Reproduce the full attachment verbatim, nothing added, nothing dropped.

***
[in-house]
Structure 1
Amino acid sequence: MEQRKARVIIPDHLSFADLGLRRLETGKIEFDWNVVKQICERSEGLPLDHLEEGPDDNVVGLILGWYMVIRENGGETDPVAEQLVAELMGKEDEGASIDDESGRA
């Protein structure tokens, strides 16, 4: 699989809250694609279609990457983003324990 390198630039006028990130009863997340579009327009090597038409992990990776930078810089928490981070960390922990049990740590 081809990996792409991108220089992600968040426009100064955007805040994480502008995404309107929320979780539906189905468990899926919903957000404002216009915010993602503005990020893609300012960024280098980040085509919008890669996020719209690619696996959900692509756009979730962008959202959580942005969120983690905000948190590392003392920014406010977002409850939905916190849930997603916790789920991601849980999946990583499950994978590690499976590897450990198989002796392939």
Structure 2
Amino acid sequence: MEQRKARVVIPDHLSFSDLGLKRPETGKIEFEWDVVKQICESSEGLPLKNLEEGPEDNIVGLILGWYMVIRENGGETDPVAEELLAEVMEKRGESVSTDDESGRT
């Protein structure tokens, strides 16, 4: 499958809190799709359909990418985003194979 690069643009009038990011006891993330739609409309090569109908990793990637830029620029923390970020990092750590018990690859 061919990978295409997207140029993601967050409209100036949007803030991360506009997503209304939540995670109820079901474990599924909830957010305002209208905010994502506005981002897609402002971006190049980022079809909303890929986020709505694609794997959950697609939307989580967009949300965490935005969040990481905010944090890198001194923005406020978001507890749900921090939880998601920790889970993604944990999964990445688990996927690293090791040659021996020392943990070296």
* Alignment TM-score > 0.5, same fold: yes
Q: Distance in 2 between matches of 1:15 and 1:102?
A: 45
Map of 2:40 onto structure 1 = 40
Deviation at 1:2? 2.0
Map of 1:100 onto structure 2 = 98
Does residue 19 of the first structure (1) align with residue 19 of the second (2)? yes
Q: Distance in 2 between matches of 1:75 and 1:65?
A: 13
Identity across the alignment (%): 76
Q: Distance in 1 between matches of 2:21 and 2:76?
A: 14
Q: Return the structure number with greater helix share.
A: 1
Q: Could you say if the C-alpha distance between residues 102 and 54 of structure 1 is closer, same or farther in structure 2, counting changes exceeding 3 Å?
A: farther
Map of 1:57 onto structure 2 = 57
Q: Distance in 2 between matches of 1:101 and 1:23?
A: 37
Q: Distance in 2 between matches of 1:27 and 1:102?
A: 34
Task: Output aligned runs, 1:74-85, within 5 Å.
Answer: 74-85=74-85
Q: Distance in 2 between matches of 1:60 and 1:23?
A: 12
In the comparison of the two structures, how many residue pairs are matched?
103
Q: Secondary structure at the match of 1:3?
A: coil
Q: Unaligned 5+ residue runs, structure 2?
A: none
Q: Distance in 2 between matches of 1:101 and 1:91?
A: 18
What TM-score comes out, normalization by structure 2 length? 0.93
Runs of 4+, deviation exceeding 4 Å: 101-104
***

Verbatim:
[in-house]
Structure 1
Amino acid sequence: MEQRKARVIIPDHLSFADLGLRRLETGKIEFDWNVVKQICERSEGLPLDHLEEGPDDNVVGLILGWYMVIRENGGETDPVAEQLVAELMGKEDEGASIDDESGRA
């Protein structure tokens, strides 16, 4: 699989809250694609279609990457983003324990 390198630039006028990130009863997340579009327009090597038409992990990776930078810089928490981070960390922990049990740590 081809990996792409991108220089992600968040426009100064955007805040994480502008995404309107929320979780539906189905468990899926919903957000404002216009915010993602503005990020893609300012960024280098980040085509919008890669996020719209690619696996959900692509756009979730962008959202959580942005969120983690905000948190590392003392920014406010977002409850939905916190849930997603916790789920991601849980999946990583499950994978590690499976590897450990198989002796392939």
Structure 2
Amino acid sequence: MEQRKARVVIPDHLSFSDLGLKRPETGKIEFEWDVVKQICESSEGLPLKNLEEGPEDNIVGLILGWYMVIRENGGETDPVAEELLAEVMEKRGESVSTDDESGRT
């Protein structure tokens, strides 16, 4: 499958809190799709359909990418985003194979 690069643009009038990011006891993330739609409309090569109908990793990637830029620029923390970020990092750590018990690859 061919990978295409997207140029993601967050409209100036949007803030991360506009997503209304939540995670109820079901474990599924909830957010305002209208905010994502506005981002897609402002971006190049980022079809909303890929986020709505694609794997959950697609939307989580967009949300965490935005969040990481905010944090890198001194923005406020978001507890749900921090939880998601920790889970993604944990999964990445688990996927690293090791040659021996020392943990070296």
* Alignment TM-score > 0.5, same fold: yes
Q: Distance in 2 between matches of 1:15 and 1:102?
A: 45
Map of 2:40 onto structure 1 = 40
Deviation at 1:2? 2.0
Map of 1:100 onto structure 2 = 98
Does residue 19 of the first structure (1) align with residue 19 of the second (2)? yes
Q: Distance in 2 between matches of 1:75 and 1:65?
A: 13
Identity across the alignment (%): 76
Q: Distance in 1 between matches of 2:21 and 2:76?
A: 14
Q: Return the structure number with greater helix share.
A: 1
Q: Could you say if the C-alpha distance between residues 102 and 54 of structure 1 is closer, same or farther in structure 2, counting changes exceeding 3 Å?
A: farther
Map of 1:57 onto structure 2 = 57
Q: Distance in 2 between matches of 1:101 and 1:23?
A: 37
Q: Distance in 2 between matches of 1:27 and 1:102?
A: 34
Task: Output aligned runs, 1:74-85, within 5 Å.
Answer: 74-85=74-85
Q: Distance in 2 between matches of 1:60 and 1:23?
A: 12
In the comparison of the two structures, how many residue pairs are matched?
103
Q: Secondary structure at the match of 1:3?
A: coil
Q: Unaligned 5+ residue runs, structure 2?
A: none
Q: Distance in 2 between matches of 1:101 and 1:91?
A: 18
What TM-score comes out, normalization by structure 2 length? 0.93
Runs of 4+, deviation exceeding 4 Å: 101-104